State’s gun background checks could serve as national model


What does it take to buy a gun in California? The Golden State, as usual, is not the norm.

Buying a gun here is harder than in any other state: Once you show a valid driver’s license or state I.D., you must buy a firearm safety device, agree to a background check that runs your name not only through a national FBI criminal database but 20 additional sources such as the DMV and mental health records, and then wait for 10 days to find out if you passed the background check.

Currently, all states require a National Instant Criminal Background Check System (NICS) for gun stores sales, but 29 states do not apply the same requirement to gun shows, according to Fox News.  California and Rhode Island are the only two states who expand such checks to all gun show and private gun sales.

Since the mass shooting in Newton, Conn. last December, gun-control advocates have renewed their clamor for universal background checks.

Now, more than ever, policy-makers might look at California’s rigorous system — and the system’s results — to get an idea of how the country should move forward on gun control legislation.

However, the results go both ways. Only 1 percent of California’s background checks lead to a denial of purchase, which isn’t too heartening for those who laud a universal system as the best prevention method for gun violence, according to Bay Area News Group.

But the national denial rate is lower than California’s, at 0.6 percent, which suggests California is doing something right.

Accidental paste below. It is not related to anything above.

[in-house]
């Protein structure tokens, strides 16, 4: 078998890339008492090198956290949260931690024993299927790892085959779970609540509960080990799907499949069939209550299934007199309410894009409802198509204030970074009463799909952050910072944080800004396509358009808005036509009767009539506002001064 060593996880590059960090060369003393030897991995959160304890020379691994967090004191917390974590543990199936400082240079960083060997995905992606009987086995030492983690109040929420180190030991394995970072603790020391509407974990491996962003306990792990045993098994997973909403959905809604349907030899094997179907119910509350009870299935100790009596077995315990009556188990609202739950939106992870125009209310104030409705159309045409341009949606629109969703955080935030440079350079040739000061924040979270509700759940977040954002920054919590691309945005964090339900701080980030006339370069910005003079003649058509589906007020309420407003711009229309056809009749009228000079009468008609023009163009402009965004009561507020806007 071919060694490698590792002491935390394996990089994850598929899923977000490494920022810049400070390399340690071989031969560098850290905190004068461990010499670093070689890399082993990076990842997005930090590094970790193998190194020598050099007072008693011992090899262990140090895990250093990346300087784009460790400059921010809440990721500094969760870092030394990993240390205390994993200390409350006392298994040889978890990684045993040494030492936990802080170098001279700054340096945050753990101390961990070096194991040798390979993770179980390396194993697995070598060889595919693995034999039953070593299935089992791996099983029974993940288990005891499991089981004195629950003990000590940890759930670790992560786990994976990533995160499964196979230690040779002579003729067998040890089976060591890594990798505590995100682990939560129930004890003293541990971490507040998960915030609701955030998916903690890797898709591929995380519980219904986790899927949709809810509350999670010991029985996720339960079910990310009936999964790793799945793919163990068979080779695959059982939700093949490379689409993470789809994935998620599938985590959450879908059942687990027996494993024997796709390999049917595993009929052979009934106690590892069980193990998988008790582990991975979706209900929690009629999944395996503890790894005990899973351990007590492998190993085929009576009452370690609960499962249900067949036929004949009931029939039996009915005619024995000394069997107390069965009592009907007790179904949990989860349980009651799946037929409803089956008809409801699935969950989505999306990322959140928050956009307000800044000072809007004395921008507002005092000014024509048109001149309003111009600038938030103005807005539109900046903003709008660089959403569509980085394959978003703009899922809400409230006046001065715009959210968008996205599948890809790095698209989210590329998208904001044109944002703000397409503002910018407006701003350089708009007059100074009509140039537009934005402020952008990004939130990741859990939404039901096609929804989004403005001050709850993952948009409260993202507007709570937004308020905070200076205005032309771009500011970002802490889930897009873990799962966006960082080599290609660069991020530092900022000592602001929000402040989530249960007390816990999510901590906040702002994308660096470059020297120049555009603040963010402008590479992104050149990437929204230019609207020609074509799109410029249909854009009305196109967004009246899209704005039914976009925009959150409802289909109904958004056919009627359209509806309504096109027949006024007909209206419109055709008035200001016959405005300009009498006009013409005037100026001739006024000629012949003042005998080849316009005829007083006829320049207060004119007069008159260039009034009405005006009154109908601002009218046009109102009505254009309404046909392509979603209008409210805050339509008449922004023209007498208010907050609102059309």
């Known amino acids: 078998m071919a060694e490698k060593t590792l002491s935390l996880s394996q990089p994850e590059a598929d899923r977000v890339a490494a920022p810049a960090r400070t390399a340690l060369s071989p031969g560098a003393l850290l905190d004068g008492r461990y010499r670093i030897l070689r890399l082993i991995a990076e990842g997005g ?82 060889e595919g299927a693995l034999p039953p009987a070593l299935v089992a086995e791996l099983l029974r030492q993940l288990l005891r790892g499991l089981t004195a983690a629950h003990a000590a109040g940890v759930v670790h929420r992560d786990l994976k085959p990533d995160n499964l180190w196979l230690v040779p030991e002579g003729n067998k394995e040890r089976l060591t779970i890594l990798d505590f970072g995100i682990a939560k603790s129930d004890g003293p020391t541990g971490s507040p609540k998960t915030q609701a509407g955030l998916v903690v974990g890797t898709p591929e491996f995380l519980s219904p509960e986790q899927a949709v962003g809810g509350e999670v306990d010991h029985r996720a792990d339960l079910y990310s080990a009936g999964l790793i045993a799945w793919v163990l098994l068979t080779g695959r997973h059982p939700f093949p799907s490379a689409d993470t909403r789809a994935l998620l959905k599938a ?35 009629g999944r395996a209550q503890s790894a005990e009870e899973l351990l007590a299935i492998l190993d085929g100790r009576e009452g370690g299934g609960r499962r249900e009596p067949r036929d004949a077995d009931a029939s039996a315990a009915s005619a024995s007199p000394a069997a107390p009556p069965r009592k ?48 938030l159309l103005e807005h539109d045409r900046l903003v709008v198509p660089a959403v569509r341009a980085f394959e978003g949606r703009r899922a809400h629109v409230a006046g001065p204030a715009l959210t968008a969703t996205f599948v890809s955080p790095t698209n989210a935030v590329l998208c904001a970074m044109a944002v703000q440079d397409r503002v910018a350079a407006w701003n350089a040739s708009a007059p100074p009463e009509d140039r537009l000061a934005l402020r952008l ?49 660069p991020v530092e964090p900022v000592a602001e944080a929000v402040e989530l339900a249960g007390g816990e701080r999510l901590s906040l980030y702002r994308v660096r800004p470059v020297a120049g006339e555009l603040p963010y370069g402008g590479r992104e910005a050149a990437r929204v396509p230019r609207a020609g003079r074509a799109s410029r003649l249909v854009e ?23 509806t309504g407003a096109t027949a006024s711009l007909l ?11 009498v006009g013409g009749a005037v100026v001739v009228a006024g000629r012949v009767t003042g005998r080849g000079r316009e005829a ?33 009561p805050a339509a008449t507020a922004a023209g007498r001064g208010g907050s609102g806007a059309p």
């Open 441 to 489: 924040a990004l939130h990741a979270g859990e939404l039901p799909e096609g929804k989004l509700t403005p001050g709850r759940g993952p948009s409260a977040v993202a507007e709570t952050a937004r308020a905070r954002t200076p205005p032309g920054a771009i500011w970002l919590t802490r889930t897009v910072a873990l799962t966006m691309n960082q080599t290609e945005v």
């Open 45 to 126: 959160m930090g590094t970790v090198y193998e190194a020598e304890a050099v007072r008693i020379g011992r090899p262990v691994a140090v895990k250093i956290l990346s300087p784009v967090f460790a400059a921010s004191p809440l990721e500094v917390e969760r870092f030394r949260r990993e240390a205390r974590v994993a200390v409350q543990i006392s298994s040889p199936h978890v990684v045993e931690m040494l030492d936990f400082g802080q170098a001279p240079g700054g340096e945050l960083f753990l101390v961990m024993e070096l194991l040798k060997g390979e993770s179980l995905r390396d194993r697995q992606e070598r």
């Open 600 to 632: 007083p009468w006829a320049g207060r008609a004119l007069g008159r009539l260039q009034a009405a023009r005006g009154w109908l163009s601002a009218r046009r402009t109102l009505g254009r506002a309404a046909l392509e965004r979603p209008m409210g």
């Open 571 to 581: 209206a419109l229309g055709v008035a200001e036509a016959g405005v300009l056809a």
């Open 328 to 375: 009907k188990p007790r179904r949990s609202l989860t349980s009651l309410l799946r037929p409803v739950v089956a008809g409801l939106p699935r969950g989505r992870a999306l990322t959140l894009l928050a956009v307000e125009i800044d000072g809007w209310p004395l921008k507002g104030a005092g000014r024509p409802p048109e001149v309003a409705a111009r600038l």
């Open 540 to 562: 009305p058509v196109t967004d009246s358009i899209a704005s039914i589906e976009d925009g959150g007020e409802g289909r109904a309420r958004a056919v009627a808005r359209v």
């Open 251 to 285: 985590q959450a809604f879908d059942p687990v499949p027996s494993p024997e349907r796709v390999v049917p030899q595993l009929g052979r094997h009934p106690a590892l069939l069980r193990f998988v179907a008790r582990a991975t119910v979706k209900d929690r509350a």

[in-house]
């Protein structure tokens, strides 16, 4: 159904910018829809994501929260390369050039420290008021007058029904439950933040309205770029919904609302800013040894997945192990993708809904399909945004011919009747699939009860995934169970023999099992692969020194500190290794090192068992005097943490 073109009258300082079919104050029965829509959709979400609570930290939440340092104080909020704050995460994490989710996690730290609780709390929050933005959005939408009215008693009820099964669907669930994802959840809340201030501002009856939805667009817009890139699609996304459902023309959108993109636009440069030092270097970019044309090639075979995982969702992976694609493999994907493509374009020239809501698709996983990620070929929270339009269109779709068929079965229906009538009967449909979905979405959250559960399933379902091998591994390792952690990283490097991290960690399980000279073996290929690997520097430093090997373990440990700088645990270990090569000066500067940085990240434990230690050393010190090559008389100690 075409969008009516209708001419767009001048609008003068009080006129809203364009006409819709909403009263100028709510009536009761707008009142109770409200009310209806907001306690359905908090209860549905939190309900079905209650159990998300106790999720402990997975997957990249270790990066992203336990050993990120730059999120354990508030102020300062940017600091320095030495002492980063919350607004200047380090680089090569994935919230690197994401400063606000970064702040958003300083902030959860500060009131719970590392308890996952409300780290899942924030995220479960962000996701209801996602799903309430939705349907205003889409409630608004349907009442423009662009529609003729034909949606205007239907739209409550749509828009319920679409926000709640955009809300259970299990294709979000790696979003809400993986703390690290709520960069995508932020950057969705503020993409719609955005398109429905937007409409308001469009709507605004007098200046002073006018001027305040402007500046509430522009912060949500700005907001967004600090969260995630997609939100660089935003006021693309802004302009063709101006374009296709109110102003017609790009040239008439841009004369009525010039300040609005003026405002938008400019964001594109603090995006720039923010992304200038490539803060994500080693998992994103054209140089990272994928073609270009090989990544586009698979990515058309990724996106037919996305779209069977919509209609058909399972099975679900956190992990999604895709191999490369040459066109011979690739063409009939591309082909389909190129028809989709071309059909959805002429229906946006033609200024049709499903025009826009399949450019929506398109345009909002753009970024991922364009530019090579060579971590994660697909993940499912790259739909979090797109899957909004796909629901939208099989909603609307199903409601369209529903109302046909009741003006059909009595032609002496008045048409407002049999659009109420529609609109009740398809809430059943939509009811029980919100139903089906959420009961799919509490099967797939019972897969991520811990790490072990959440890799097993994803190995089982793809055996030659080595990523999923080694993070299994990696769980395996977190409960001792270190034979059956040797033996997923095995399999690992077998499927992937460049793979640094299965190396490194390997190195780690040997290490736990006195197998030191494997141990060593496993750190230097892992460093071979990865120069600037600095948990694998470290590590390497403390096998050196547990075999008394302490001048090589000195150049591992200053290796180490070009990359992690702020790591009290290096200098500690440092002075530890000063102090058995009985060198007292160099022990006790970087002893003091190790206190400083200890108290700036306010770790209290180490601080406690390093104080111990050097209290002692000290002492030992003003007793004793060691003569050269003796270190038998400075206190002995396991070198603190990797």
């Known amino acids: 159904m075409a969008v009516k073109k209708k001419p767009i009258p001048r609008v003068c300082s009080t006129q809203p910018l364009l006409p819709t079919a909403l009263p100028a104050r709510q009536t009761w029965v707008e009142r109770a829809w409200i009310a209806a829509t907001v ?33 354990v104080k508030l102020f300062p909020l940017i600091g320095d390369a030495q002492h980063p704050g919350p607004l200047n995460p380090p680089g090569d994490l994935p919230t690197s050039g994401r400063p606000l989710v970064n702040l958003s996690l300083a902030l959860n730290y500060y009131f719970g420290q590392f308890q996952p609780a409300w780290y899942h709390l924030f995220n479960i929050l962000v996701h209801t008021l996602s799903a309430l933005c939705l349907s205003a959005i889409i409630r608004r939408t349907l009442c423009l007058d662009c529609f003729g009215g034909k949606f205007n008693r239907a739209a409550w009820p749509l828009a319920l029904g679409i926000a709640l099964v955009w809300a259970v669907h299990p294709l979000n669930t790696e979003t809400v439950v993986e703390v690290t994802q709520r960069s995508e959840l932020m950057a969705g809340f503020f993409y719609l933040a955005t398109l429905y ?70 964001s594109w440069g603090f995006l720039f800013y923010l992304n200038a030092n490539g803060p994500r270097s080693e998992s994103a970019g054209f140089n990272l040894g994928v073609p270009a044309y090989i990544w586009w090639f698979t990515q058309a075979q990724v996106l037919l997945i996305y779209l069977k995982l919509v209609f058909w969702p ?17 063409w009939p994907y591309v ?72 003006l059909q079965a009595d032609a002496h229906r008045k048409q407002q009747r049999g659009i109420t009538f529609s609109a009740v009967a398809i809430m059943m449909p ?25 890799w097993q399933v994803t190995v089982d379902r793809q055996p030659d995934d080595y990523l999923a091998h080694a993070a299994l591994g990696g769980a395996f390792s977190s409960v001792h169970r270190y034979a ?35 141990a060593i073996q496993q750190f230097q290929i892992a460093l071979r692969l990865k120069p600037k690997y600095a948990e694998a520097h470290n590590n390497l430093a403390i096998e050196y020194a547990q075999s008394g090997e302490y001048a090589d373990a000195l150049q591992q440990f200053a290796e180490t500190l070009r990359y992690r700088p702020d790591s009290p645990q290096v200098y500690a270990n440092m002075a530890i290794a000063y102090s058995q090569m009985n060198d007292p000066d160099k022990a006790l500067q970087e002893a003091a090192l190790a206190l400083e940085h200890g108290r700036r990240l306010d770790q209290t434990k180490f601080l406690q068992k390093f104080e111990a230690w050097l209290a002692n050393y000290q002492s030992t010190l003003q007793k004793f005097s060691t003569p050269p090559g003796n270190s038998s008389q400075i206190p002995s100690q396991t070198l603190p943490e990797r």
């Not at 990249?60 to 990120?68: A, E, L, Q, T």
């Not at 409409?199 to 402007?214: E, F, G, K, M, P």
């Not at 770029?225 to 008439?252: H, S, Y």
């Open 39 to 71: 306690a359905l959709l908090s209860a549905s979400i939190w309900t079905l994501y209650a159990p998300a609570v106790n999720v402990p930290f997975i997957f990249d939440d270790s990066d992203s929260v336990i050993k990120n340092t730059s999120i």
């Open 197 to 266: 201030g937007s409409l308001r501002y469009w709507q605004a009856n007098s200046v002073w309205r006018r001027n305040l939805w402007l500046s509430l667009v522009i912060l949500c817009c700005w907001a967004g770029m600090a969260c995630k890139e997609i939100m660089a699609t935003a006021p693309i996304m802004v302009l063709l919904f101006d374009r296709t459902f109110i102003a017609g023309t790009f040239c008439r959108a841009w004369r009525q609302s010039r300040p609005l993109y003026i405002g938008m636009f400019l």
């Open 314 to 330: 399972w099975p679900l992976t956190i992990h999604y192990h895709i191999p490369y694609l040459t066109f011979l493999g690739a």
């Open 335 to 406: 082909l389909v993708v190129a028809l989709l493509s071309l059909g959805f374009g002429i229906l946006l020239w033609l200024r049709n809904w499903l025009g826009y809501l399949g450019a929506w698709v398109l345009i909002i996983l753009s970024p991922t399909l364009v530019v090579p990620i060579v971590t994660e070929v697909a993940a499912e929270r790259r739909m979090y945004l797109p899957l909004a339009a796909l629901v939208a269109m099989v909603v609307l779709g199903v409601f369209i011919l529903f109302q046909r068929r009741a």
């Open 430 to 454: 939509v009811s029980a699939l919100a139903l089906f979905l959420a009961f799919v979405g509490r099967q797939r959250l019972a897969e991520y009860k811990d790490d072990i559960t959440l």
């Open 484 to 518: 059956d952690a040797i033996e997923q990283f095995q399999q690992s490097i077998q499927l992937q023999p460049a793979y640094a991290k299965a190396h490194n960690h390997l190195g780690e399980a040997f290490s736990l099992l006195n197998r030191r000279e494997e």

And last year, California’s rates of gun-related killings, robberies and assaults were all higher than the national rates, according to Bay Area News Group. But California had lower rates of armed robberies and armed assaults in 2011 than Arizona or Nevada, which conduct less rigorous background checks for gun store sales and zero checks for guns shows or private purchases.

Rep. Mike Thompson, D-Napa, chairman of the House Democrats’ gun violence task force, believes that any level of prevention is significant. He told Bay Area News Group: 

“You have to assume that if you stop one person who would otherwise take that gun and kill people, it’s been a success.”

However, others see universal background checks as an infringement on individual rights.

National Rifle Association executive vice president and CEO Wayne LaPierre, told gun owners as much during a speech in Reno last week:

“[President Barack Obama] wants to put every private, personal firearms transaction right under the thumb of the federal government, and he wants to keep all those names in a massive federal registry…[he] wants you to believe that putting the federal government right in the middle of every firearms transaction will somehow make us all safer.”

No matter where one falls on the issue, the connection between background checks and gun violence prevention is unclear. But as Congress debates gun-control measures, California’s system is worth analyzing.

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